YouTube joins Binge On, will handle optimization instead of T-Mobile

by: Bogdan PetrovanMarch 17, 2016
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t-mobile binge on

YouTube and T-Mobile are burying the hatchet: John Legere just announced that YouTube is the latest video service to stream over Binge On, T-Mobile’s free video streaming option.

YouTube was the biggest content provider missing from the Binge On catalog. The Google subsidiary and T-Mobile have quarreled over the way T-Mobile downgrades streaming quality of all streaming services, regardless if they are included in Binge On or not, down to 480p. The “Un-carrier” defended this practice by saying it’s merely optimizing video traffic for cellular connections. But critics complained that the option to enable video optimization should not be on by default and argued that T-Mobile is playing fast and loose with net neutrality rules.

T-Mobile CEO John Legere publicly invited YouTube to talks and it looks like the two parties found a compromise. Starting today, YouTube will be part of Binge On, meaning that users who opted for the service won’t pay anything for the traffic generated by YouTube.

There is more: YouTube, not T-Mobile, will optimize the video streams. Legere says that this arrangement will give YouTube more control over its content and that other providers will be able to do the same in the future.

Also, content providers are now able to opt out of the optimization scheme – that means that, if they want to stream in 4K, they will be able to do so, of course, as long as T-Mobile’s subscribers are happy to pay for this luxury. T-Mobile says it will publish the content providers that opt out of optimization on its website.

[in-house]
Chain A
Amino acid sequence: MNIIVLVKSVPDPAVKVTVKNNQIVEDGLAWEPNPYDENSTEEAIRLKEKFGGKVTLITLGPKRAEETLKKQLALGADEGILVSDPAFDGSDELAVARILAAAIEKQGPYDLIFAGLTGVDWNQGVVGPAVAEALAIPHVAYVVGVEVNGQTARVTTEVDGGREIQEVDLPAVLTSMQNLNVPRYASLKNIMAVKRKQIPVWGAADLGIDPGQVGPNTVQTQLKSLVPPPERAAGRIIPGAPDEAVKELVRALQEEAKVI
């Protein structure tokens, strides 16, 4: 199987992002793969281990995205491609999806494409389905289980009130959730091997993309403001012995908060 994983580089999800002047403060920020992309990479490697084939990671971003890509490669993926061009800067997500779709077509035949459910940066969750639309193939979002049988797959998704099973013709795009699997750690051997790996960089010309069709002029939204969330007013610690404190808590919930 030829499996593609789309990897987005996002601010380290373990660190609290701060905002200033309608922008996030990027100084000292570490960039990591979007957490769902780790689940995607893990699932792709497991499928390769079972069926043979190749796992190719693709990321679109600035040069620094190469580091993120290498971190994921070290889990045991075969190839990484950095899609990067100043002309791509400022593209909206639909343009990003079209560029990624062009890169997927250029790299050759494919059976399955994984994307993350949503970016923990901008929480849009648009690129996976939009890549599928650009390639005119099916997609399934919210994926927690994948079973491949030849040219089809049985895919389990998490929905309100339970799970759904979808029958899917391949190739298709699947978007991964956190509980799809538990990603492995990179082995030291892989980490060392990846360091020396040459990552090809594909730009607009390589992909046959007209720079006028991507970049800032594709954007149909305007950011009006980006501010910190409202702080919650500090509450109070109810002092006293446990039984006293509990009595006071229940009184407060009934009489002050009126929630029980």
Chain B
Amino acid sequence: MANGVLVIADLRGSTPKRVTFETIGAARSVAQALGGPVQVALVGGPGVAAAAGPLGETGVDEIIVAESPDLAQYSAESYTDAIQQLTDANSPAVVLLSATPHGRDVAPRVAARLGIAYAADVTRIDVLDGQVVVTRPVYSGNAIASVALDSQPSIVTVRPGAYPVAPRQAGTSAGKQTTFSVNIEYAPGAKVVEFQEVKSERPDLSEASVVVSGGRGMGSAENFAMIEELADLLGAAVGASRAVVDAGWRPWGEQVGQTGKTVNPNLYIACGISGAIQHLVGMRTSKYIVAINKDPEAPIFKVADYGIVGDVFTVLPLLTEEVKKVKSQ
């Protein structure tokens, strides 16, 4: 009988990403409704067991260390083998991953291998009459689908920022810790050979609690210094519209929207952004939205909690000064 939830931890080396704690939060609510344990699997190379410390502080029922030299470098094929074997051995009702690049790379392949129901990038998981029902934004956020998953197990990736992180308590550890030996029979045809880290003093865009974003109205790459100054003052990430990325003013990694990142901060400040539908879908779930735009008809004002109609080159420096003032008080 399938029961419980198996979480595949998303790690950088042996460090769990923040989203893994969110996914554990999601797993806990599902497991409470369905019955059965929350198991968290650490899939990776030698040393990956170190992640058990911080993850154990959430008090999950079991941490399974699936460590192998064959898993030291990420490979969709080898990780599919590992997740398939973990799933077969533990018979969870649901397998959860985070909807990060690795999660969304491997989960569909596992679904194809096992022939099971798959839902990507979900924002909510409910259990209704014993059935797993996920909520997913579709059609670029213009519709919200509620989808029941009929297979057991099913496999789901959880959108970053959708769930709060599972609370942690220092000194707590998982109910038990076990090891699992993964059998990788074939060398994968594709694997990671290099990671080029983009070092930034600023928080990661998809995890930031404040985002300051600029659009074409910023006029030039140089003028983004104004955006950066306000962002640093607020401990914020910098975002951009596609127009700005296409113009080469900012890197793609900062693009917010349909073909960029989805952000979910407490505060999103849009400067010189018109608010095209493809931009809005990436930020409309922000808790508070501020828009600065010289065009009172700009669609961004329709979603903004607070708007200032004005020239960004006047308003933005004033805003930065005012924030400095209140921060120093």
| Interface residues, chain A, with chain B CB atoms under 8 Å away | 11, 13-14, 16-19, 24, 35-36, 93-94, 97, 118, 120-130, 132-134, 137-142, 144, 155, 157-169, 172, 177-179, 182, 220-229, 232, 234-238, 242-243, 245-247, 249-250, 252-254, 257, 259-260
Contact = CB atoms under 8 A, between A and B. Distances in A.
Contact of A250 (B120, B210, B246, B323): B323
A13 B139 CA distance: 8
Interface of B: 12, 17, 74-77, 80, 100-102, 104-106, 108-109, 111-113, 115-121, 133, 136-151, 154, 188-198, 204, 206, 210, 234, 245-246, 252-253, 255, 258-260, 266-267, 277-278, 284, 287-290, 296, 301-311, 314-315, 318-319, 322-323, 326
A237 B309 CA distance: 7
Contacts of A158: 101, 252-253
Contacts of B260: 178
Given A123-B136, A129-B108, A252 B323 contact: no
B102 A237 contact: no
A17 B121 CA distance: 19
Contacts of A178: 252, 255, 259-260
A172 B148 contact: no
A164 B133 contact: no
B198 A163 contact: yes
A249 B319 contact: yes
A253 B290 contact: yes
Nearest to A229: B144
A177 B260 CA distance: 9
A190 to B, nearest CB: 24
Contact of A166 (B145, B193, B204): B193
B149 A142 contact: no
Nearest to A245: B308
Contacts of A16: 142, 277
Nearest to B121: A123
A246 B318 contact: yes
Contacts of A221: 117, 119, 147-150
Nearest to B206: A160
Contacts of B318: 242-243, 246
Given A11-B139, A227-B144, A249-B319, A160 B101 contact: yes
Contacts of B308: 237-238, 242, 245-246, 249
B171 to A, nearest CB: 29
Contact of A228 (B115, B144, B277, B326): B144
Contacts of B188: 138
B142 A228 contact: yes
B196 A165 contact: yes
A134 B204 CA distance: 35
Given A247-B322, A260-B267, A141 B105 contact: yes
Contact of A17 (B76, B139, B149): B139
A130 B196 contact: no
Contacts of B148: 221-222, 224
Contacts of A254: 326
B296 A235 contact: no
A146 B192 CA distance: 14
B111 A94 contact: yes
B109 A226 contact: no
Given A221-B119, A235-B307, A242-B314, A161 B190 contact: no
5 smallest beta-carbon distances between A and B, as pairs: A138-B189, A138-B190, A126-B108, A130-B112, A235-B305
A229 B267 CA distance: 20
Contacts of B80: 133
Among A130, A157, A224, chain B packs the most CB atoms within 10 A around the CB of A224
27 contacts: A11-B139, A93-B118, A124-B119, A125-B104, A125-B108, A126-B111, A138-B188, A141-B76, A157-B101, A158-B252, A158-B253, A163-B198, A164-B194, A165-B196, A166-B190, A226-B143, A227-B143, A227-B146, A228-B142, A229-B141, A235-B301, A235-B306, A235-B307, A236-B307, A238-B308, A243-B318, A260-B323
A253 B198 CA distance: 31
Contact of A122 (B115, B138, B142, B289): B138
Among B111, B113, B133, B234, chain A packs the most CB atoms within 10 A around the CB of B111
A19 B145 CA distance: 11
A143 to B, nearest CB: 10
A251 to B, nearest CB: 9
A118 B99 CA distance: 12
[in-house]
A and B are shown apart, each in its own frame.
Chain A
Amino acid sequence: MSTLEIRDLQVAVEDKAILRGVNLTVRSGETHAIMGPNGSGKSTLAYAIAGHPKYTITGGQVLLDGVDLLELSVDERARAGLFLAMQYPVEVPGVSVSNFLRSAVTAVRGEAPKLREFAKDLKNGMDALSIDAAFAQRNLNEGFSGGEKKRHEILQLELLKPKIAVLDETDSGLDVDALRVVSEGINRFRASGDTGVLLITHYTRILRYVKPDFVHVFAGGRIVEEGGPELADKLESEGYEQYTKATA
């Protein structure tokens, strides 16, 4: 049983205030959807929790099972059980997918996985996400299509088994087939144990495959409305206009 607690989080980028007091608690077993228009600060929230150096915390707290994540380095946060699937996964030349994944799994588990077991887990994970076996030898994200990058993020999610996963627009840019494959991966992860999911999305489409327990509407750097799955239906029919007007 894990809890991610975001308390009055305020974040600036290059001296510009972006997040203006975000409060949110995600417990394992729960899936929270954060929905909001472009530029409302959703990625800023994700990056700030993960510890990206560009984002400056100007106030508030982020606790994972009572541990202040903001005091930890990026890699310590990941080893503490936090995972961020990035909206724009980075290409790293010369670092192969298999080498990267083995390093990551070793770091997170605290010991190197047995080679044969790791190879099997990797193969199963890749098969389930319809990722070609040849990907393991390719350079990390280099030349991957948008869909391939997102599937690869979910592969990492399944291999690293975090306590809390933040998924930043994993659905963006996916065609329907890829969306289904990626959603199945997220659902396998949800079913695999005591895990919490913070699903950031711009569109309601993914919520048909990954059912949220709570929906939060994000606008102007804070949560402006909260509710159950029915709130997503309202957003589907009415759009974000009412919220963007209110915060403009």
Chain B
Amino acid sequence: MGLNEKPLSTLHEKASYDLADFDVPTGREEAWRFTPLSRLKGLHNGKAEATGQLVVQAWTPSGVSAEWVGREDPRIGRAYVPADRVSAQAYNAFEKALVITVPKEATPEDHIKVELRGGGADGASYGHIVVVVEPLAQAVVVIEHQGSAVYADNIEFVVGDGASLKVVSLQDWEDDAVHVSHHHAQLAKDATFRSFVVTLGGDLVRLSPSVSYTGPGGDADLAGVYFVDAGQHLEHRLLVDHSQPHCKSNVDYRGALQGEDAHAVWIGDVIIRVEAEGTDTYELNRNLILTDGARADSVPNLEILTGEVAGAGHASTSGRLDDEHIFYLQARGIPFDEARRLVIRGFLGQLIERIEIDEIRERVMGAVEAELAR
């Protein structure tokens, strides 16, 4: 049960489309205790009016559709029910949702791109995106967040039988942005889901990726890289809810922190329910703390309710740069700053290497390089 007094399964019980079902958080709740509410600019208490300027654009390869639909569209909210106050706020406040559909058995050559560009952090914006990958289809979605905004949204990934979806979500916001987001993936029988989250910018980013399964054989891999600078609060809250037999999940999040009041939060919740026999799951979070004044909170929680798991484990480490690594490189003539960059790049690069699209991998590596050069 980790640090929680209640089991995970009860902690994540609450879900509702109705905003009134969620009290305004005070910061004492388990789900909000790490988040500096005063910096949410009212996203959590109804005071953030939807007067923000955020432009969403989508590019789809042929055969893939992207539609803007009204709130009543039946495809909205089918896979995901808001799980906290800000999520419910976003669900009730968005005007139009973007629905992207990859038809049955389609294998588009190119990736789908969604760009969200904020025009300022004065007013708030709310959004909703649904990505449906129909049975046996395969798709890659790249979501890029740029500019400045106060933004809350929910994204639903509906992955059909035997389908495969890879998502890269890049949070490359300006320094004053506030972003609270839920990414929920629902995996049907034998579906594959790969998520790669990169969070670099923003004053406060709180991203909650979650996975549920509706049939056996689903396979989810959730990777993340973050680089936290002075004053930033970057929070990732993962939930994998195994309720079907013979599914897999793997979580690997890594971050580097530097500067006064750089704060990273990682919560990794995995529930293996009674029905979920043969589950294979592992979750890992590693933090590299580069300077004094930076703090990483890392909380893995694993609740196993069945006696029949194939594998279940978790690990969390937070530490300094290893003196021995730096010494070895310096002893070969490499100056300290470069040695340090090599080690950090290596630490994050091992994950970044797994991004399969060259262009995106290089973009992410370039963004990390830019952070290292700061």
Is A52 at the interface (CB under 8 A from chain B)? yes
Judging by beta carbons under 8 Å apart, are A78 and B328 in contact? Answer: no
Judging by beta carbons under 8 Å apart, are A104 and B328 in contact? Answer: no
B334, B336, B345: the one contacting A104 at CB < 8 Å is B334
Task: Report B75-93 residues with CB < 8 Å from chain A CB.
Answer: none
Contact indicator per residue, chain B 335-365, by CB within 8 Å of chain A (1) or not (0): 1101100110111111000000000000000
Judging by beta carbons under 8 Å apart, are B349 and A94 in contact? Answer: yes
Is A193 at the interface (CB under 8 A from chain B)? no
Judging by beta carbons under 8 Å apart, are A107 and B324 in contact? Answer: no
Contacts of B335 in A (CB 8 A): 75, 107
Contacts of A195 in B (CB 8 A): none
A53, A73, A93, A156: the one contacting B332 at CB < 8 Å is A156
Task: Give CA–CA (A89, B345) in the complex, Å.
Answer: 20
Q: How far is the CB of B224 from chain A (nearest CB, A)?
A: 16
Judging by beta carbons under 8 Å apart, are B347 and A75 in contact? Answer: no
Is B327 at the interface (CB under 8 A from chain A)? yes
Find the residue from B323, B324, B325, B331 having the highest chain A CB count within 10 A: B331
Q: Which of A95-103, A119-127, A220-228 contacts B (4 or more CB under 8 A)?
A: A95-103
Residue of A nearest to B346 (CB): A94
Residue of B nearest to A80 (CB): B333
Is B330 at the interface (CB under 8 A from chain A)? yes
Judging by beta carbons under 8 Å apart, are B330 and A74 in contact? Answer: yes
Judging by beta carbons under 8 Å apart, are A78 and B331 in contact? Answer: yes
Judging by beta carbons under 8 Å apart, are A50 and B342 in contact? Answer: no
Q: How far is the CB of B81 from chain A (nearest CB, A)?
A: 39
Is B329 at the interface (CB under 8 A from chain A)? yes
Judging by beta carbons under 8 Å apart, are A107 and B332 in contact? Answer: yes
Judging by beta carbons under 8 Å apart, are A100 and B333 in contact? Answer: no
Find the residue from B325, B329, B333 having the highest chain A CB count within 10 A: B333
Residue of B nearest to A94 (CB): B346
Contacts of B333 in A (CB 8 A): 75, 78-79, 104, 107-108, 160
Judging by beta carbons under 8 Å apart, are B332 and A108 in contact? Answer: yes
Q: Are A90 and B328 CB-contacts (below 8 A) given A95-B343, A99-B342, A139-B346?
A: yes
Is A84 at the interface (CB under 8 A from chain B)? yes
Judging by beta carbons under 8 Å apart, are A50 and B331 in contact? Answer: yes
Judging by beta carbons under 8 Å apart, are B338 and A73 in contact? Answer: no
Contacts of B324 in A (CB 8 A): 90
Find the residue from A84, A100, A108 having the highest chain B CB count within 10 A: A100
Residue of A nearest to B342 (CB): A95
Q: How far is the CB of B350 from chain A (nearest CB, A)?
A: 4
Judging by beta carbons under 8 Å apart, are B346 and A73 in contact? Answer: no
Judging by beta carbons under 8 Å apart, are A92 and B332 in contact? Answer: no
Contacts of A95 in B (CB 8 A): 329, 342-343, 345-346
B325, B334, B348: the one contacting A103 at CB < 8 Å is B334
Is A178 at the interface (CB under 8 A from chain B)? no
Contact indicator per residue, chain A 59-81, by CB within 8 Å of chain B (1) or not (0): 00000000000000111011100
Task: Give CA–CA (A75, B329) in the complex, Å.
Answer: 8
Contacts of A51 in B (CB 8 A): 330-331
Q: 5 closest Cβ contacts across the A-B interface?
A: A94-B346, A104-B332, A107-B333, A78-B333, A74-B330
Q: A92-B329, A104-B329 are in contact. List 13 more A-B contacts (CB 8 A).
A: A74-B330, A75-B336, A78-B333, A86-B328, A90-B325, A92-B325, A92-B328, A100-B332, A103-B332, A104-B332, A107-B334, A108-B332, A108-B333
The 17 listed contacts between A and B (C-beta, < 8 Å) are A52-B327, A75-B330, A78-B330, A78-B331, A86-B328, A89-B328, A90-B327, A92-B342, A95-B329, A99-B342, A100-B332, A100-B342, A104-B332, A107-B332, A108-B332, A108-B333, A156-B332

Other video providers coming to Binge On today include Fox Business, Red Bull TV, and Discovery Go, bringing the total number of services available up to 50.

John Legere used the occasion to hawk Binge On to both users (“our customers are watching two times more video each day than before Binge On”) and to content providers (“one of our top video services has seen the number of active users spike an impressive 90% since launch.”) The boisterous executive also promised that more change is coming to “this arrogant industry” calling out the “duopoly” of Verizon and AT&T.

Are you excited about YouTube joining Binge On? Let us know your thoughts.

  • glenn silvasy

    I am very happy that youtube has been added. This is my go to media service when I have down time at work as it may only be a few minutes, not enough time to watch a show or movie but enough to watch a 3 minute video. Thanks TMO and Youtube

  • Bradley Uffner

    Another champion of Net Neutrality sells out.

    • Dominick Wheeler

      “sells out”
      That would imply there’s an exchange of money somewhere. It’s a free, optional service.

      • Nick

        Nothing is “free.” What if your video service does not meet the requirements T-Mobile specified to be a part of the program. Now you have to pay engineers, developers etc to make a special service just to comply with T-Mobile to be a part of the program.

        Also, it’s “optional” right now. But how optional is it when you start losing users because they get a huge T-Mobile bill for view videos on your site, but not on YouTube?

        This is just a first step.

        I do not blame people for wanting this even, it sounds great and can save people money right now. But with how much money these companies are making from us they should be building out the networks so that data is super cheap for everyone so this is not even a problem.

        Instead they spend millions on lobbyists to block municipal wifi and other services that would allow us all to view ALL of the internet equally for a low price.